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August 08, 2002
FTSE4Good to Fortify Human Rights Criteria
    by William Baue

FTSE4Good is conducting market consultation in preparation for strengthening human rights criteria for inclusion in its socially responsible indexes and funds.

In May, the Financial Times Stock Exchange (FTSE) Group announced more stringent environmental criteria that companies must meet to be included in the FTSE4Good socially responsible investing (SRI) indexes. In July, FTSE4Good initiated the process of strengthening its social criteria, focusing first on human rights. Specifically, it mailed a ten-question market consultation survey to human rights specialists, academics, multinational corporations, and nongovernmental organizations (NGOs) interested in human rights and SRI. FTSE is also accepting responses submitted by individuals via its website through tomorrow, August 9, allowing the staunchest human rights defenders to register their opinions.

The FTSE Group, which is jointly owned by the Financial Times and the London Stock Exchange, launched FTSE4Good in July 2001 with the stated intention of serving a normative function. FTSE4Good established a baseline of “challenging but achievable” standards of corporate responsibility, with specific plans to incrementally raise the bar of corporate social and environmental performance. This gradual approach encourages corporations to strengthen their social and environmental policies and practices in order to remain listed in FTSE4Good indexes and funds.

“Since the launch, nearly 100 companies have changed their corporate behavior in order to meet FTSE4Good criteria,” FTSE Group Deputy Chief Executive William Oulton told “36 U.K. companies, 32 European, 17 Japanese and 11 U.S. companies were previously excluded from FTSE4Good but are now included in the index due to their efforts to meet the criteria. We believe this is the strongest proof possible that the FTSE4Good index series is having a positive effect on encouraging responsible corporate behavior.”

Currently, FTSE4Good human rights criteria apply only to companies operating in certain sectors and in countries with poor human rights records. The FTSE4Good Advisory Committee, which consists of representatives from the pension fund industry as well as the corporate social responsibility (CSR) and SRI communities, proposes to require all companies in the FTSE4Good indexes to demonstrate a basic human rights policy. FTSE considers the UN’s Universal Declaration of Human Rights to be particularly authoritative in defining basic human rights.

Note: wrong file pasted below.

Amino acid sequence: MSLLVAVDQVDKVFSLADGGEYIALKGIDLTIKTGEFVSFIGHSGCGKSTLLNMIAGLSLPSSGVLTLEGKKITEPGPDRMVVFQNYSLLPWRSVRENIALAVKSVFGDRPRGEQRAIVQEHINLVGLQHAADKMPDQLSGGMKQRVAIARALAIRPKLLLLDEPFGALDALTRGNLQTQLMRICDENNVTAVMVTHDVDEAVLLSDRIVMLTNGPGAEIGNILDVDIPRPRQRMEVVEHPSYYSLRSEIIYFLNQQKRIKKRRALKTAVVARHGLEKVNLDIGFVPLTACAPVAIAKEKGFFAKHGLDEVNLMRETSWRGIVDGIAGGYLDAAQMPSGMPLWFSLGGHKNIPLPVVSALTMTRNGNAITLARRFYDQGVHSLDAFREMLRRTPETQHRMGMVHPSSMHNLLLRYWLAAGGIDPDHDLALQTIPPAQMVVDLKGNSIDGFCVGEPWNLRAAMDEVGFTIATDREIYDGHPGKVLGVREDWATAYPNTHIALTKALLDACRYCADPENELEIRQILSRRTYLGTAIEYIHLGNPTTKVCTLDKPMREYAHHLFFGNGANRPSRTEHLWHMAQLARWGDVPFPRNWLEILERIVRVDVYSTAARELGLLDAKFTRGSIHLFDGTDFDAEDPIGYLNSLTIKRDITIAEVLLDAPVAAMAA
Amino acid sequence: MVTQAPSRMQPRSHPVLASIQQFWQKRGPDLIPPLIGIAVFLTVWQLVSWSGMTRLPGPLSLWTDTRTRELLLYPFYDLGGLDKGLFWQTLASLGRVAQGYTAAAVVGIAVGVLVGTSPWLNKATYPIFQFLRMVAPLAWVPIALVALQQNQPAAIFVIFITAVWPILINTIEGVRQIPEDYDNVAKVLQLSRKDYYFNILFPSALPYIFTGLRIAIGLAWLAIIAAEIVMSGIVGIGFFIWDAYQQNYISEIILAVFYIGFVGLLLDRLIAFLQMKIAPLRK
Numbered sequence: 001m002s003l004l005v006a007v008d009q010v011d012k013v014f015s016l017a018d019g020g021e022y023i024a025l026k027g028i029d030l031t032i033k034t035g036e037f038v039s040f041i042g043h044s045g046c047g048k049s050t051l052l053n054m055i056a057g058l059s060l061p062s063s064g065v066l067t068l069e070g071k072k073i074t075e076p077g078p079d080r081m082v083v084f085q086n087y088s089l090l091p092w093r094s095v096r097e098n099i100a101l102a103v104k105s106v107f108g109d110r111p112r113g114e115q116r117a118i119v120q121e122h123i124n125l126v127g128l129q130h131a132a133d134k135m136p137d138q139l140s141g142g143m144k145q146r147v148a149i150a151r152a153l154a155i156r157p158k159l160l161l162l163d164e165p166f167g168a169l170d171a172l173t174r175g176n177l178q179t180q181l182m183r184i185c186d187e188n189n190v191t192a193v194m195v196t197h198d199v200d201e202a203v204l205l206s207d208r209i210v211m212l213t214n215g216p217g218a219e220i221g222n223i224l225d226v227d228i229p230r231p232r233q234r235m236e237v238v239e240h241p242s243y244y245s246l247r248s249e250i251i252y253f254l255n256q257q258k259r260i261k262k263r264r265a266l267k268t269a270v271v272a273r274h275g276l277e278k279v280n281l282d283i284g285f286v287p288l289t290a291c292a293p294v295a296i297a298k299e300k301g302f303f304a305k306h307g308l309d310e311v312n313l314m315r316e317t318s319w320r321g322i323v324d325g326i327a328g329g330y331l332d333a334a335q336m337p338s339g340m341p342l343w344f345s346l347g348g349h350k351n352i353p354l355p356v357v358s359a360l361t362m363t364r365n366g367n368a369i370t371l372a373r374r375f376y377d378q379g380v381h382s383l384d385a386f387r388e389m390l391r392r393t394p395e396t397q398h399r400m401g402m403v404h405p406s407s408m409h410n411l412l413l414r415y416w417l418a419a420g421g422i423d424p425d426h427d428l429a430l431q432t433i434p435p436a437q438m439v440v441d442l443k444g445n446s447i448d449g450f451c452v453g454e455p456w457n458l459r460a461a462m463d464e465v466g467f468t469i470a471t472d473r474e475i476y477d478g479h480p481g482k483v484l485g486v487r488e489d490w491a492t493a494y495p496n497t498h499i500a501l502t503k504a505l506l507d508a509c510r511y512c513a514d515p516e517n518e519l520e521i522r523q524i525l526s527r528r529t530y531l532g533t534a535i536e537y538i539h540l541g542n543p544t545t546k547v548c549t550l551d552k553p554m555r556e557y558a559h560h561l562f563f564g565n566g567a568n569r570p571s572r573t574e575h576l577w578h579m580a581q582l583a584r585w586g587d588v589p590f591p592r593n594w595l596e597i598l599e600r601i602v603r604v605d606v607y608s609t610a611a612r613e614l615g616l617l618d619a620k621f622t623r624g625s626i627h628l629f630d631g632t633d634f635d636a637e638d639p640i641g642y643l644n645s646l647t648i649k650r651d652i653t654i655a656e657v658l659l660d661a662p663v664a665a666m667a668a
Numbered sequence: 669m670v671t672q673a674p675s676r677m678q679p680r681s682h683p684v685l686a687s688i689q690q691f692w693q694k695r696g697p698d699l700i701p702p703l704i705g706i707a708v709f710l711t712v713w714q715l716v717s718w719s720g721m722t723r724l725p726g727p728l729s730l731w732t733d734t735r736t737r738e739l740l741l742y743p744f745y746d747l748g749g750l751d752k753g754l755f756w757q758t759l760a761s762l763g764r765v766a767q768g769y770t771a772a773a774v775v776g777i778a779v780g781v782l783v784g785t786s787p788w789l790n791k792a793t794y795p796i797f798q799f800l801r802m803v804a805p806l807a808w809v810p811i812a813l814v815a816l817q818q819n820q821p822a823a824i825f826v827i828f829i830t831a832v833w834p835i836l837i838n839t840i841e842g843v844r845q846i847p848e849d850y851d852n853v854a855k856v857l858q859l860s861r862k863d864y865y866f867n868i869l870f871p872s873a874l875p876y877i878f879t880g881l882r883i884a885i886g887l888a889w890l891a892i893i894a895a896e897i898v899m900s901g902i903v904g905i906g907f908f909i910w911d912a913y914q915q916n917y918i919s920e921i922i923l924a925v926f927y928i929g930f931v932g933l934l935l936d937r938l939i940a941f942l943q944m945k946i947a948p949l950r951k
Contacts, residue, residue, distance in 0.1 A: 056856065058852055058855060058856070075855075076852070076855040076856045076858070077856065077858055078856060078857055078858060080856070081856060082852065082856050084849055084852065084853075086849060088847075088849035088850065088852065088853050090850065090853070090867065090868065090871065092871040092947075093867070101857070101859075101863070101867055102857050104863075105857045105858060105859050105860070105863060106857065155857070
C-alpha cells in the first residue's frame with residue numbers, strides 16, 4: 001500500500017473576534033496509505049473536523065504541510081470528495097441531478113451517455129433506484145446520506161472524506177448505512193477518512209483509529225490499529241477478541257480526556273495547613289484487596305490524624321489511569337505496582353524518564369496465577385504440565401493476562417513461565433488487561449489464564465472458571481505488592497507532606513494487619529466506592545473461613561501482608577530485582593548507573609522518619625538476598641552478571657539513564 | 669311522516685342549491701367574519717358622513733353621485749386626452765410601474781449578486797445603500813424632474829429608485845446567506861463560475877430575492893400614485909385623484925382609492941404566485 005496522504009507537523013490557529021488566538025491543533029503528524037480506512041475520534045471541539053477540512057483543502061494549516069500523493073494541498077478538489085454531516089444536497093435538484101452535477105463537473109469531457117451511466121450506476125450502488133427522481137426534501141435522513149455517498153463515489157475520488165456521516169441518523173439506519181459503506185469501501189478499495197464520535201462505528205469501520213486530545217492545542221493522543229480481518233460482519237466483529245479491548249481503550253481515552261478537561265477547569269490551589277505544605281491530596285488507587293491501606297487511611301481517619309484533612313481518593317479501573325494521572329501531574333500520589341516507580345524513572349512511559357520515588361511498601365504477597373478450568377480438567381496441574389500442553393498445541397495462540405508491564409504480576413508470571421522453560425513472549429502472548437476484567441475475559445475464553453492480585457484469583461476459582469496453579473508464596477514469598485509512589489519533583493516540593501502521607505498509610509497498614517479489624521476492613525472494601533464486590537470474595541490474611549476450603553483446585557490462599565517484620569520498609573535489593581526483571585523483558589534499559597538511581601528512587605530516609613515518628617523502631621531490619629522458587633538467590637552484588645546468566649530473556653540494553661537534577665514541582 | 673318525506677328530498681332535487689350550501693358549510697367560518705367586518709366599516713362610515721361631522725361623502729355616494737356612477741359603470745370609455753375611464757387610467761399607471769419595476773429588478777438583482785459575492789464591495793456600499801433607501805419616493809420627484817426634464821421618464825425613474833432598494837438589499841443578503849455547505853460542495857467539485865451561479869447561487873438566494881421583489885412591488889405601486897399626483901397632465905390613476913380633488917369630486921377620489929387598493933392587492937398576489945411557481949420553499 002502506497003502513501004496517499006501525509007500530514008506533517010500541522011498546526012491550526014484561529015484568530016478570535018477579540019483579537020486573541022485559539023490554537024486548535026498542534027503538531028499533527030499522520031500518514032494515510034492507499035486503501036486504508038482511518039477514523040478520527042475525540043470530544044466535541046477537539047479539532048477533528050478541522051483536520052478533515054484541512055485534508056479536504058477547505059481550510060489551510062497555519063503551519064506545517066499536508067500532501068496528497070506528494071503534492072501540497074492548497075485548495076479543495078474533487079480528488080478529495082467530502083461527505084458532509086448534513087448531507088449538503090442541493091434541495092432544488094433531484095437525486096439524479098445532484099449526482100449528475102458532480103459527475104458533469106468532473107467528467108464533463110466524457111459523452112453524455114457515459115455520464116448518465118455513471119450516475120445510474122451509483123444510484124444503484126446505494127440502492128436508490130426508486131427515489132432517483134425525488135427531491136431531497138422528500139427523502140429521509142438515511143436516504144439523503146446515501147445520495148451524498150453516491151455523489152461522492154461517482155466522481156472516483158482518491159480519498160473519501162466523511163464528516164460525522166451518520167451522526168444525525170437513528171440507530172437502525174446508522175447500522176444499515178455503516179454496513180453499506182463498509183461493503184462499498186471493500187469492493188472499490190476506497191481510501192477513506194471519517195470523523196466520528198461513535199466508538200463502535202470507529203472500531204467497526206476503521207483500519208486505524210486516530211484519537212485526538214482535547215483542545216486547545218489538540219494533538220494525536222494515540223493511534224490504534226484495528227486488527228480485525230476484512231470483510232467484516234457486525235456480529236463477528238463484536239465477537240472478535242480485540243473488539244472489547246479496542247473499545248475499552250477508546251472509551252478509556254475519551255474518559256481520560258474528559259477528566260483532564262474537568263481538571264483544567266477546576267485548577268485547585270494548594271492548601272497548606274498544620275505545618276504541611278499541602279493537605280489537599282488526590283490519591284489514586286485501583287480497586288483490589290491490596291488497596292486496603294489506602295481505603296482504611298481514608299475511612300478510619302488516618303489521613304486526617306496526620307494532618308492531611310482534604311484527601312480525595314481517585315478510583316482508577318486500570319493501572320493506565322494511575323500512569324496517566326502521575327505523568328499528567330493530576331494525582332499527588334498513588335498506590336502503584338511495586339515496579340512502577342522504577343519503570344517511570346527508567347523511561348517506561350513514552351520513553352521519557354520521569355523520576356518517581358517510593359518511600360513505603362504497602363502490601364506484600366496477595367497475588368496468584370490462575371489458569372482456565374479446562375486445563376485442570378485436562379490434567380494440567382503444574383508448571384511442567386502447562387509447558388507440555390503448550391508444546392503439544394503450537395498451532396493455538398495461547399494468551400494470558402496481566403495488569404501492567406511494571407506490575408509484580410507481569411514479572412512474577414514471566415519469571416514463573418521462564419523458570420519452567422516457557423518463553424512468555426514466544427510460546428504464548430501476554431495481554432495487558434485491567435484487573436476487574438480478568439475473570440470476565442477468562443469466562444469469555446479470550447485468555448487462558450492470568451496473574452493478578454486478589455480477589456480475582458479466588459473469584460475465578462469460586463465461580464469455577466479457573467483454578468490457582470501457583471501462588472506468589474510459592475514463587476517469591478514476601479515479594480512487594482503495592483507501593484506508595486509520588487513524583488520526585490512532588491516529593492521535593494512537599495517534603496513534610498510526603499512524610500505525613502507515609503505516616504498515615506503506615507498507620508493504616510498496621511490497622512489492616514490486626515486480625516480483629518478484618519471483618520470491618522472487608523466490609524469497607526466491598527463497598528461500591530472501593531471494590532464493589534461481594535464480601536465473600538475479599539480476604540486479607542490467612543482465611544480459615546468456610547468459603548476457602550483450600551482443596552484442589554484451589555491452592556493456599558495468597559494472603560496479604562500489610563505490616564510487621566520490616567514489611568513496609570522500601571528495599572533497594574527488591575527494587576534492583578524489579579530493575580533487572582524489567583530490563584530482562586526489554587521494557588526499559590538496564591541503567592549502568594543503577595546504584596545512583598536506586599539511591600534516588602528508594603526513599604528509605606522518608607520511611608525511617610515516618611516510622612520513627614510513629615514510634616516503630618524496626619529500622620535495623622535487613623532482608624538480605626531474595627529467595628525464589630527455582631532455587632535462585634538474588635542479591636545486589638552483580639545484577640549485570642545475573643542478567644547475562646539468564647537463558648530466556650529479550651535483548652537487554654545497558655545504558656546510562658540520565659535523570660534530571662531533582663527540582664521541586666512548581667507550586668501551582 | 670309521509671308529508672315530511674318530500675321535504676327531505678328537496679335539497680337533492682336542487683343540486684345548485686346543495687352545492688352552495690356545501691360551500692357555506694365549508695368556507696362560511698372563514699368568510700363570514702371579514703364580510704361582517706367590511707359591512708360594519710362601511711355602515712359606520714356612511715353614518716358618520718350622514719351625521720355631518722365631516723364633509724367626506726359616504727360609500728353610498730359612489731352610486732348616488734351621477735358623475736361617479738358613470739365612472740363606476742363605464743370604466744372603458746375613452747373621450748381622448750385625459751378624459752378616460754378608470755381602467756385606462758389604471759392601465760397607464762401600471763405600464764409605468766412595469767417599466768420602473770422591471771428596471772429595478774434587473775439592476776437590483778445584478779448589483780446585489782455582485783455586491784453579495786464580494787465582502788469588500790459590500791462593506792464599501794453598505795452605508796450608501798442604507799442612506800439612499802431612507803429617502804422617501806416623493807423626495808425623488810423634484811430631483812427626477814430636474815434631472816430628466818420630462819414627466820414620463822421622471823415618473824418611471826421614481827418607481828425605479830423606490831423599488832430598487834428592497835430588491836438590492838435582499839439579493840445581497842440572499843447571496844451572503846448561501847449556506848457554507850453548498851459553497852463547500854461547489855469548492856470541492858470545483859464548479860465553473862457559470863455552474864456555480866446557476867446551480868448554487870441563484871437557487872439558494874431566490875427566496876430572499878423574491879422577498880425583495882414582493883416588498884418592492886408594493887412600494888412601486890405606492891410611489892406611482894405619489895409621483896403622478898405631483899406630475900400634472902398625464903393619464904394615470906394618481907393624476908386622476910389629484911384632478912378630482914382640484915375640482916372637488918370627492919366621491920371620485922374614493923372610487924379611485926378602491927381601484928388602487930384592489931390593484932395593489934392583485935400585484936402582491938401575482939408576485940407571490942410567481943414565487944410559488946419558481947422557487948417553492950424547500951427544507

The Advisory Committee intends to raise human rights standards beyond this basic level one sector at a time, starting now with the global resource sector.

“The global resource sector was chosen because of this sector's high profile exposure to a range of human rights controversies, due to, for example, impact on local communities from operations and abuses by security forces,” FTSE4Good’s market consultation paper explains.

“Does this imply that human rights issues are not relevant to other sectors?” asks Rob Cartridge, campaigns director at the London-based anti-poverty non-profit War on Want. “This could be the message that is sent. It will be interesting to see how the companies in the targeted sectors react. Will these companies claim they are being put at a competitive disadvantage because other sectors are not being targeted at the same time? If they do, it could undermine the process.”

FTSE4Good will also require companies with significant operations in counties with the greatest human rights concerns to meet more demanding human rights policy criteria.

“The problem with the gradualist approach is that you could have a company operating in a low risk sector in a low risk country, committing huge human rights abuses but staying in the FTSE4Good index,” said Mr. Cartridge. “Such a position would not only be immoral, it would also be very misleading to consumers who may be investing in FTSE4Good trackers in the belief that they are fully ethical funds.”

FTSE4Good still has the opportunity to consider such a possibility in formulating its human rights criteria.

“Keep in mind these are only suggestions and a final decision hasn't been made yet,” said Mr. Oulton. “The responses to the consultation paper will be evaluated and any strong views expressed in the responses will be taken into account by the FTSE4Good Advisory Committee at their September meeting.”


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